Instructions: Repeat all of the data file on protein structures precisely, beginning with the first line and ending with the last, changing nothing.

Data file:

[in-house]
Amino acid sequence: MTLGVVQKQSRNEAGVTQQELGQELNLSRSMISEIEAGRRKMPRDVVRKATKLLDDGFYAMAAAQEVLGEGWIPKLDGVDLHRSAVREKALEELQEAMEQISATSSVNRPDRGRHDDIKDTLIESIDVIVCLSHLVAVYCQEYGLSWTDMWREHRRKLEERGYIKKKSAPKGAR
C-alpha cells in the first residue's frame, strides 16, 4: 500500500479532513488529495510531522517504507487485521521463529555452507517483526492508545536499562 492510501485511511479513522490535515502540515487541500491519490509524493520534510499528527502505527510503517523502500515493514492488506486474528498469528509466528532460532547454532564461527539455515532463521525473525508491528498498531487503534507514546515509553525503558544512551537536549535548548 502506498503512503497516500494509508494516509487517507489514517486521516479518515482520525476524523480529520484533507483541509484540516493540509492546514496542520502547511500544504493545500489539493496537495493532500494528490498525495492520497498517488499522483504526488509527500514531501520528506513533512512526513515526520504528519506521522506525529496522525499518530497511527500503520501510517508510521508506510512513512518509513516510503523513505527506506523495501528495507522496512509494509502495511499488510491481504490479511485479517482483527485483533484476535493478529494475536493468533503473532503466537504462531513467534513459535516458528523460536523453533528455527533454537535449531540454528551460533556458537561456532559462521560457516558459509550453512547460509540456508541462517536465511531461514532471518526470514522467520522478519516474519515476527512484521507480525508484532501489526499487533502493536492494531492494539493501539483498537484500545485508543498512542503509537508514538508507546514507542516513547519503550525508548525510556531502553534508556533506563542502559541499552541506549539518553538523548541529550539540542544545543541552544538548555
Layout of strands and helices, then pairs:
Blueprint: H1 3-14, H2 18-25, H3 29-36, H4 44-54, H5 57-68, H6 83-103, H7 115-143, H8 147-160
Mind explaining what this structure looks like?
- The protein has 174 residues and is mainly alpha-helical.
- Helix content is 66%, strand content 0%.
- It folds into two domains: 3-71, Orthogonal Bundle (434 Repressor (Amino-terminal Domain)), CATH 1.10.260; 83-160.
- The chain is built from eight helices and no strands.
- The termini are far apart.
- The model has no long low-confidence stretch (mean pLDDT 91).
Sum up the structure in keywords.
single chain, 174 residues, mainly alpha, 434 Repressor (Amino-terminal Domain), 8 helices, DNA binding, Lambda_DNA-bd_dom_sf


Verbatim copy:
[in-house]
Amino acid sequence: MTLGVVQKQSRNEAGVTQQELGQELNLSRSMISEIEAGRRKMPRDVVRKATKLLDDGFYAMAAAQEVLGEGWIPKLDGVDLHRSAVREKALEELQEAMEQISATSSVNRPDRGRHDDIKDTLIESIDVIVCLSHLVAVYCQEYGLSWTDMWREHRRKLEERGYIKKKSAPKGAR
C-alpha cells in the first residue's frame, strides 16, 4: 500500500479532513488529495510531522517504507487485521521463529555452507517483526492508545536499562 492510501485511511479513522490535515502540515487541500491519490509524493520534510499528527502505527510503517523502500515493514492488506486474528498469528509466528532460532547454532564461527539455515532463521525473525508491528498498531487503534507514546515509553525503558544512551537536549535548548 502506498503512503497516500494509508494516509487517507489514517486521516479518515482520525476524523480529520484533507483541509484540516493540509492546514496542520502547511500544504493545500489539493496537495493532500494528490498525495492520497498517488499522483504526488509527500514531501520528506513533512512526513515526520504528519506521522506525529496522525499518530497511527500503520501510517508510521508506510512513512518509513516510503523513505527506506523495501528495507522496512509494509502495511499488510491481504490479511485479517482483527485483533484476535493478529494475536493468533503473532503466537504462531513467534513459535516458528523460536523453533528455527533454537535449531540454528551460533556458537561456532559462521560457516558459509550453512547460509540456508541462517536465511531461514532471518526470514522467520522478519516474519515476527512484521507480525508484532501489526499487533502493536492494531492494539493501539483498537484500545485508543498512542503509537508514538508507546514507542516513547519503550525508548525510556531502553534508556533506563542502559541499552541506549539518553538523548541529550539540542544545543541552544538548555
Layout of strands and helices, then pairs:
Blueprint: H1 3-14, H2 18-25, H3 29-36, H4 44-54, H5 57-68, H6 83-103, H7 115-143, H8 147-160
Mind explaining what this structure looks like?
- The protein has 174 residues and is mainly alpha-helical.
- Helix content is 66%, strand content 0%.
- It folds into two domains: 3-71, Orthogonal Bundle (434 Repressor (Amino-terminal Domain)), CATH 1.10.260; 83-160.
- The chain is built from eight helices and no strands.
- The termini are far apart.
- The model has no long low-confidence stretch (mean pLDDT 91).
Sum up the structure in keywords.
single chain, 174 residues, mainly alpha, 434 Repressor (Amino-terminal Domain), 8 helices, DNA binding, Lambda_DNA-bd_dom_sf